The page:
The Siren

By: Meg Xuemei X
Laments of Angels & Dark Chemistry, #1


In the atrium courtyard of the Lam complex in the suburbs of Chicago, eighteen-year-old Kian McQuillen watched Lucienne Lam writhe in her nanny’s arms. The rusty red leaves of the oak tree he leaned against drifted down in the wind, caressing the black shirt that stretched over his muscular chest.

“Look, sweet girl,” the nanny coaxed, pointing at a mansion across the courtyard, “the Red Mansion.”

The dawn’s light painted the ceramic tiles of the mansion the color of blood roses. On the roof stood a marble statue of an immortal ruler—the Siren riding a phoenix (凤凰) with two xiphos swords strapped across his back.

“Your grandfather, the Siren, lives there,” the nanny continued.

The baby didn’t look impressed. When she couldn’t wrench free from the nursemaid’s arms, she raised her small fists and pounded the nanny’s face.

“The girl’s got fire!” The nanny turned the baby around to steer clear of her fists. Waving her hands in vain, the baby screamed. A number of the Lam family, who dwelled in the homes of Chicago suburbs situated on the opposite of the Red Mansion, began gathering in the courtyard. Lucienne had awoken everyone.

“The poor child is probably afraid of this new place,” the nanny murmured, “away from her parents.”

That was only half the truth. Kian was among the men who had accompanied Jed Lam—the Siren—to retrieve the baby from her father, who had holed up in San Francisco. The baby’s mother had mysteriously disappeared right after giving birth. Her father gave up his daughter after he got a big paycheck out of her. Kian understood why Jed took his granddaughter to Chicago to be raised in the Red Mansion. The Sirens’ line never produced a female offspring. Lucienne Lam was the first in thousands of years.

“Her mother is Russian trash,” spat a haughty seven-year-old as he approached the baby. The boy was the most promising candidate to be Siren.

“Your half-sister also has the Siren’s blood,” the nanny said.

“She’s an abomination!” the boy shouted.

“Be nice, master,” said the nanny.

The surrounding family members looked surprised that the timid nanny stood up to defend this baby to the candidate. Kian watched the little scene with his usual blank mask. He wouldn’t take sides. He had stayed neutral and turned down all offers to support any of the twelve candidate clans. They wanted his resources, military skills, and influence with the Siren. Kian’s stony expression shifted to relief when he became aware of Jed’s arrival. He moved like an arrow. In mere seconds, he was at the Siren’s side, amid three of his guards.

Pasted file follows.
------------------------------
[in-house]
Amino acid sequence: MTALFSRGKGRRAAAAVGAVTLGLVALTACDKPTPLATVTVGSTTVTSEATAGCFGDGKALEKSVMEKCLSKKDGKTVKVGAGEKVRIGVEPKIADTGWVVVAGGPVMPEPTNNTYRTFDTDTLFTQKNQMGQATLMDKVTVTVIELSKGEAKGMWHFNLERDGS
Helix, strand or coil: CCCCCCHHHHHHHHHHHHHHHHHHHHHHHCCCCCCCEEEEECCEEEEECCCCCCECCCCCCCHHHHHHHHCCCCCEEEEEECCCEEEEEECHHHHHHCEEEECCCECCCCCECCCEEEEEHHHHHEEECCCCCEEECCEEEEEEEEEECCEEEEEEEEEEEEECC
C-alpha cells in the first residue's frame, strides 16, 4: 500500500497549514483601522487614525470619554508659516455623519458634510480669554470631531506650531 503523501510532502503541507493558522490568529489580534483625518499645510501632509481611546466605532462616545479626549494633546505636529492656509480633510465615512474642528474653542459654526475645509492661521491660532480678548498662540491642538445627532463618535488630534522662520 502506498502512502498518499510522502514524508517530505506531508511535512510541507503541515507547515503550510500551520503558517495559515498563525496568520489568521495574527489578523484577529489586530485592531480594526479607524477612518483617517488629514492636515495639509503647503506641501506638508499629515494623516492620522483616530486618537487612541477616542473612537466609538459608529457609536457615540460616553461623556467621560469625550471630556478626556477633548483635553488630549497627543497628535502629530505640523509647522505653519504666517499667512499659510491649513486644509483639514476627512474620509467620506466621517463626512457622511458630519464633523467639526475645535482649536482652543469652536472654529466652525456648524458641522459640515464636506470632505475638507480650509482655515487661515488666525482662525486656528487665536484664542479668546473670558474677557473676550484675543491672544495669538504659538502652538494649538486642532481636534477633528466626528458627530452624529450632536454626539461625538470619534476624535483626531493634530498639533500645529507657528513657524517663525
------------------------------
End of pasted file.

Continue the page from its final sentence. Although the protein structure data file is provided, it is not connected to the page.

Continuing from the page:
At sixty-one, the Lams’ leader exuded power and control and could easily pass for forty-five. Some said the Siren’s power preserved him as it had all Sirens before him.

The courtyard quieted, except for the baby’s outraged cries.

“Hey,” Jed stood before the girl and clapped his hands to get his granddaughter’s attention. “You were fed, weren’t you? So what’s the matter, Lucienne?”

Lucienne snapped her attention to the powerful man. Wearing an encouraging smile, Jed opened his arms. She regarded him a moment longer, then brushed his hand aside. She locked her brown eyes on Kian, probing him, and stretched her chubby arms.

The parents of the candidates could barely contain their glee—the girl had ruined her chance to bond with the Siren by openly rejecting him.

Kian felt sorry for the baby, but she wasn’t his responsibility. His shoulders stiffened and he was about to make a quick exit. But the nanny immediately passed the squalling infant to him. As soon as Kian took the girl, she stopped sobbing.

“Why didn’t you take her earlier,” Jed asked, expressing his obvious displeasure toward his surrogate son, “so she would stop screaming like a hellion?”

“How could I know she’d want me?” Kian said.

“Kian believes children fear him,” the nanny said in a small voice. “Most people do.”

“Children are afraid of Kian, or most people are afraid of Kian?” Jed asked.

“Both,” said the nanny.

Also By Meg Xuemei X

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